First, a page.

What is a Geiger COunter?

Most often, hand held or portable radiation detection devices are commonly referred to as “Geiger Counters”.  Geiger Counter’s have become a universal term that is applied to nearly all radiation detection devices in a similar manner as Xerox is to copy machines today.  The naming originated around 1908 when Hans Geiger invented the first electronic radiation counter.  Similarly, his joint development effort with Walther Müller resulted in the Geiger-Müller detector commonly referred to as GM detectors.   The early radiation meters were based upon these two inventions connected to one-another and formed the basis of the Geiger Counters of today.


Progress Byond The geiger counter

Radiation detector development and their associated electronics continued to progress resulting in many other types of detectors including ionization chambers, inorganic and organic scintillators, solid state diodes, and more. These different forms of detector also included unique and varied electronics to support their intrinsic detection capabilities and advantages. While in principle, they still have their roots tied to the Geiger Counter, these offspring are no longer referred to in the professional community as Geiger Counters. Instead they carry names like microR meters, sample counters, dosimeters, neutron meters, isotope identifiers and more.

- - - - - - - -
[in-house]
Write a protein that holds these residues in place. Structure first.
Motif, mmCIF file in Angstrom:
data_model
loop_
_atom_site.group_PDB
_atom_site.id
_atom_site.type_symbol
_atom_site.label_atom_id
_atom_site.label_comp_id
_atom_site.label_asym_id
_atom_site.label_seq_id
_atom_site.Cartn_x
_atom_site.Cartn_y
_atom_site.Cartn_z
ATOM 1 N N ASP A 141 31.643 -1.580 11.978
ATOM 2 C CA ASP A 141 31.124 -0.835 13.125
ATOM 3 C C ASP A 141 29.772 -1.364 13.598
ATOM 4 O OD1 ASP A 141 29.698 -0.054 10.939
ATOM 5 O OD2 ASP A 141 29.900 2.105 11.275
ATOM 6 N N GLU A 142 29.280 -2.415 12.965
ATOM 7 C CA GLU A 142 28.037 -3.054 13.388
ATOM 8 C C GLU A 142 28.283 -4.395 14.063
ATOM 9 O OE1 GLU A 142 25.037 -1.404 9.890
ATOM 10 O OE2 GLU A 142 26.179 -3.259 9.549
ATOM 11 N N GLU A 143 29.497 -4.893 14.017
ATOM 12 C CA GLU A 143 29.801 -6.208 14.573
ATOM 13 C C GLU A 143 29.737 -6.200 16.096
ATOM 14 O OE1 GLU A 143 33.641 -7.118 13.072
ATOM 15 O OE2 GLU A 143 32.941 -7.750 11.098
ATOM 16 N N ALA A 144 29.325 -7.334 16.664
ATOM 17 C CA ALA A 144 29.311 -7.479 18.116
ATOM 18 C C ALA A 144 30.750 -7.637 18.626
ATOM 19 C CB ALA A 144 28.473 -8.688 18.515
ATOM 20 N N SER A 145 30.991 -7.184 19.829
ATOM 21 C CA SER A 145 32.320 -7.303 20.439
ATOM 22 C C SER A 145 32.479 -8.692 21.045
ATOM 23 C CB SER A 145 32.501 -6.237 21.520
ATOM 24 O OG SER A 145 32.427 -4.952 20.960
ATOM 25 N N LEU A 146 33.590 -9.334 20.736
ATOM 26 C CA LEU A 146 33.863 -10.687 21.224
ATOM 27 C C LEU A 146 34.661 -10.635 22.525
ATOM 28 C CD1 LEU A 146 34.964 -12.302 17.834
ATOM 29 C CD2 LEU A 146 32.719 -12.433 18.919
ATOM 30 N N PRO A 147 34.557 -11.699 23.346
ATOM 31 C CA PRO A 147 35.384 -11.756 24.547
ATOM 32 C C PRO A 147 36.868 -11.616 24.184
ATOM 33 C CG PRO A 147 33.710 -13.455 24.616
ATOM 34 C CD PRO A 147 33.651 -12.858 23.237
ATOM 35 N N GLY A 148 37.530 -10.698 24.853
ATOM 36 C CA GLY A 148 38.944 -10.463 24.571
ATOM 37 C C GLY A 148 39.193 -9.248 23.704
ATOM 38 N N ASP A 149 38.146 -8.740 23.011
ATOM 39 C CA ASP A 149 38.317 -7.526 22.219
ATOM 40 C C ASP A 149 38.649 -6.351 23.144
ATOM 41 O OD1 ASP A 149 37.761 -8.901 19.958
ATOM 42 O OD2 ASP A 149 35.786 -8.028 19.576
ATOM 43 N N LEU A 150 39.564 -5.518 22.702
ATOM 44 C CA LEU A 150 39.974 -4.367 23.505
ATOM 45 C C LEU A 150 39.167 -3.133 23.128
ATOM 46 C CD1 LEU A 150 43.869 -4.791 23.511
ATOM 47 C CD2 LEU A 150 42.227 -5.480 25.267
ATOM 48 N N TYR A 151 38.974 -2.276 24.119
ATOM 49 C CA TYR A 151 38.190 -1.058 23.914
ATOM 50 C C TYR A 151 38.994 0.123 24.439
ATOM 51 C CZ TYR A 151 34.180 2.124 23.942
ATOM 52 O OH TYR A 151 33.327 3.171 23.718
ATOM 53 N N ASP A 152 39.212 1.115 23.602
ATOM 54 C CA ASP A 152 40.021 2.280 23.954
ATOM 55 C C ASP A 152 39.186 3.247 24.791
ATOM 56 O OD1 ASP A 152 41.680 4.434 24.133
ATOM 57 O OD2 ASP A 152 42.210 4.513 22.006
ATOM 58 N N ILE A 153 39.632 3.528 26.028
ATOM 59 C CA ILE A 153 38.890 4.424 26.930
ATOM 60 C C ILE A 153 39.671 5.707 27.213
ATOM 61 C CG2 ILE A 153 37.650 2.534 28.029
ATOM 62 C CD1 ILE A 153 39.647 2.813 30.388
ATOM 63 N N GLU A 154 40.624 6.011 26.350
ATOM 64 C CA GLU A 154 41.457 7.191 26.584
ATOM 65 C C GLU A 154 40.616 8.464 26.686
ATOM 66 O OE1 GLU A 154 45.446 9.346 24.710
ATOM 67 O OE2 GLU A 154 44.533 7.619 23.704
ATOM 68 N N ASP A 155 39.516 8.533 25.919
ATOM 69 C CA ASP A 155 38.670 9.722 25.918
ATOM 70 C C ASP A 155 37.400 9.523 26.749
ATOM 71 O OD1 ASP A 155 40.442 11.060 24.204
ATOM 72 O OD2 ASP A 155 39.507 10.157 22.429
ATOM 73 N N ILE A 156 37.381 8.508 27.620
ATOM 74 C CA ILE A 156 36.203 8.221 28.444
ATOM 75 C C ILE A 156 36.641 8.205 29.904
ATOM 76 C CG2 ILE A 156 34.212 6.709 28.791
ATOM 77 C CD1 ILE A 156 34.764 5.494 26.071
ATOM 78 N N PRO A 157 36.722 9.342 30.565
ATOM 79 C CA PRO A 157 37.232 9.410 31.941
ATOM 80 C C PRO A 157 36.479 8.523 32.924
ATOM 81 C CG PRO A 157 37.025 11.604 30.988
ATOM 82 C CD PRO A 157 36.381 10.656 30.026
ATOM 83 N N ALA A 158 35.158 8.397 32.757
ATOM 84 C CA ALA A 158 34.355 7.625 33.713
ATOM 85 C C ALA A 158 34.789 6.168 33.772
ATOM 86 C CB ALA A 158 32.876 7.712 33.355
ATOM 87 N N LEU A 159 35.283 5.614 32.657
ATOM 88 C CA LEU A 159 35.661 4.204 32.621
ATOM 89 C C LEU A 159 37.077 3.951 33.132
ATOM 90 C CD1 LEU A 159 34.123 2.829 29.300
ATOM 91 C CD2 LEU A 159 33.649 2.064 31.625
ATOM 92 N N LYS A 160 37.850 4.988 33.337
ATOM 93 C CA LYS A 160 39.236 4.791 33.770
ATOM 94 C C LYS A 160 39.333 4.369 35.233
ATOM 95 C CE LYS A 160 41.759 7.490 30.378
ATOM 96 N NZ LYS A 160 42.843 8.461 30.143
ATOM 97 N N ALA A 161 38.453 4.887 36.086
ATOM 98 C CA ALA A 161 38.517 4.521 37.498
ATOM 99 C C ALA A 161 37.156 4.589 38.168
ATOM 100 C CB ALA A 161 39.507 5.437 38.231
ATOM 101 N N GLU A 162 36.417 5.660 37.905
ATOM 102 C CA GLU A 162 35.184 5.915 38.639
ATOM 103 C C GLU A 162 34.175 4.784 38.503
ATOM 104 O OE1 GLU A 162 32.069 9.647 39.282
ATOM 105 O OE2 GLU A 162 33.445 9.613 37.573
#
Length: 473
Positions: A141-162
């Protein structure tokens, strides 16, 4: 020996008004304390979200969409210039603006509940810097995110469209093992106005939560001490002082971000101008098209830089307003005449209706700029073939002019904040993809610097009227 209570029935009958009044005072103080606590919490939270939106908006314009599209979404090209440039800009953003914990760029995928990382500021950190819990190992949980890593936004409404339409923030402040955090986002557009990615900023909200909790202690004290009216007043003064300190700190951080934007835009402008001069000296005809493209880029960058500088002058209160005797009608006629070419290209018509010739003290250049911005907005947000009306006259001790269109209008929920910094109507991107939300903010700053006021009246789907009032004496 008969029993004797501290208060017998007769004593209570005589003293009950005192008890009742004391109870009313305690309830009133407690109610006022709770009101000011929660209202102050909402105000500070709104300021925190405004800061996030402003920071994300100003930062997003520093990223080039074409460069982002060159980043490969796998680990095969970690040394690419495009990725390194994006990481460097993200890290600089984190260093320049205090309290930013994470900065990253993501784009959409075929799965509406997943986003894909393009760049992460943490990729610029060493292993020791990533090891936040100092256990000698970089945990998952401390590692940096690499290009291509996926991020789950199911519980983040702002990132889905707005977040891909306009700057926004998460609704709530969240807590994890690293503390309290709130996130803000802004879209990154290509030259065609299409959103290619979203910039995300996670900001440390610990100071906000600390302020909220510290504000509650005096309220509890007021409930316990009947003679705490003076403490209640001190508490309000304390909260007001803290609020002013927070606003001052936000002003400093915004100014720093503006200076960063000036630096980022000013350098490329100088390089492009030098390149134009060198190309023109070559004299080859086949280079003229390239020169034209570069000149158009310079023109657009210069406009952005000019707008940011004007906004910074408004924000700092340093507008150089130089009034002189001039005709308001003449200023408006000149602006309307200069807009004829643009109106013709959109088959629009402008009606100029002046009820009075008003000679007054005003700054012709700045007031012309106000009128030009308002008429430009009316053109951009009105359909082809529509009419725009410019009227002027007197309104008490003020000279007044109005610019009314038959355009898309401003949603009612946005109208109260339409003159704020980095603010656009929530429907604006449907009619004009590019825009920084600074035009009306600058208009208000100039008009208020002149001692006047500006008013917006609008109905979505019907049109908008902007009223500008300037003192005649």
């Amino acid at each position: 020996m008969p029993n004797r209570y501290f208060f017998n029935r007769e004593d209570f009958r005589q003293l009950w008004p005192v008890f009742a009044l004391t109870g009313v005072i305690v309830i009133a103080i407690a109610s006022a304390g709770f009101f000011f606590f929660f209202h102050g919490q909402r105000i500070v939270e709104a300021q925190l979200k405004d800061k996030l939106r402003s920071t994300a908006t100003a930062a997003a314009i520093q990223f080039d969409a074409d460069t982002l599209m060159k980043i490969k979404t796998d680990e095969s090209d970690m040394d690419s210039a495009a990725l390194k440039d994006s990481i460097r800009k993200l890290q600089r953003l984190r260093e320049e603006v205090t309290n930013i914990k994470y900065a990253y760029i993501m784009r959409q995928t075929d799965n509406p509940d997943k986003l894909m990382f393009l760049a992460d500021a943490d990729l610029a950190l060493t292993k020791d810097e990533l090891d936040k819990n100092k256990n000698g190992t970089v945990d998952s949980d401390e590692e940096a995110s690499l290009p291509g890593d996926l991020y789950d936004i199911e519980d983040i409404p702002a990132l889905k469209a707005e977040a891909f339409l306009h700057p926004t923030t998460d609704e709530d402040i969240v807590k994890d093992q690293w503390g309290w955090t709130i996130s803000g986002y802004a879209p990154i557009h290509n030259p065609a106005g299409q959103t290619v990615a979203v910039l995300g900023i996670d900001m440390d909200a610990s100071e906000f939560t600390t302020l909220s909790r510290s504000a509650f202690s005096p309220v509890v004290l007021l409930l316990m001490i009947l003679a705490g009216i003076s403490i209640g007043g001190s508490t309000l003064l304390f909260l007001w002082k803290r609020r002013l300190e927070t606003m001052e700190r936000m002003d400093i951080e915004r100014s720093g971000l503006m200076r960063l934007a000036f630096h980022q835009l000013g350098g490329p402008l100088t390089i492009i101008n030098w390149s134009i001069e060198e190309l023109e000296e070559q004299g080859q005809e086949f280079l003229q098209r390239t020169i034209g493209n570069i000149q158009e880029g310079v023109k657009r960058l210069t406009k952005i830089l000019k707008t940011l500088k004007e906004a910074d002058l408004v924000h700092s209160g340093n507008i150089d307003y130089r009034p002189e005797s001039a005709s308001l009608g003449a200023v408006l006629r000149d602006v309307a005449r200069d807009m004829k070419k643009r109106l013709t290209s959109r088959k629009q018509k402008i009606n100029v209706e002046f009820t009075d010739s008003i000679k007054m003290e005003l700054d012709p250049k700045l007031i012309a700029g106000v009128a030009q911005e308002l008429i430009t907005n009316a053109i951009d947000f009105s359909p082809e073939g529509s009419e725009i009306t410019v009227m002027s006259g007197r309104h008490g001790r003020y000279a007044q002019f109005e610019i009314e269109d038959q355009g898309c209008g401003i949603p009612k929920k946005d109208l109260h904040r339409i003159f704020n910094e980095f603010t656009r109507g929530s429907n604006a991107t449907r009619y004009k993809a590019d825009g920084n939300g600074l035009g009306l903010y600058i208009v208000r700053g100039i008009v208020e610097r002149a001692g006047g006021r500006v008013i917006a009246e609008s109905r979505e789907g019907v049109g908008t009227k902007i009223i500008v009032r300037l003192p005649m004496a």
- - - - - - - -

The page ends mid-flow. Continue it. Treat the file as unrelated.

this website’s focus

GeigerCounterPro.com is primarily focused on the true forms of Geiger Counters that employ GM detectors and electronics in its various various forms and types.  I have identified these as “Categories” as seen in the subsection below.  There is so much to explore that it is pretty easy to dedicate an entire website just to these type of instruments.  They are also the most commonly used instrument worldwide.

Never-the-less, I feel I would be remiss, if I did not also include some other non-Geiger Counter type of instruments that offer greater sensitivity to better suit some important applications.  While I only cover very few, anytime these devices are referenced, they will be called by their more correct names.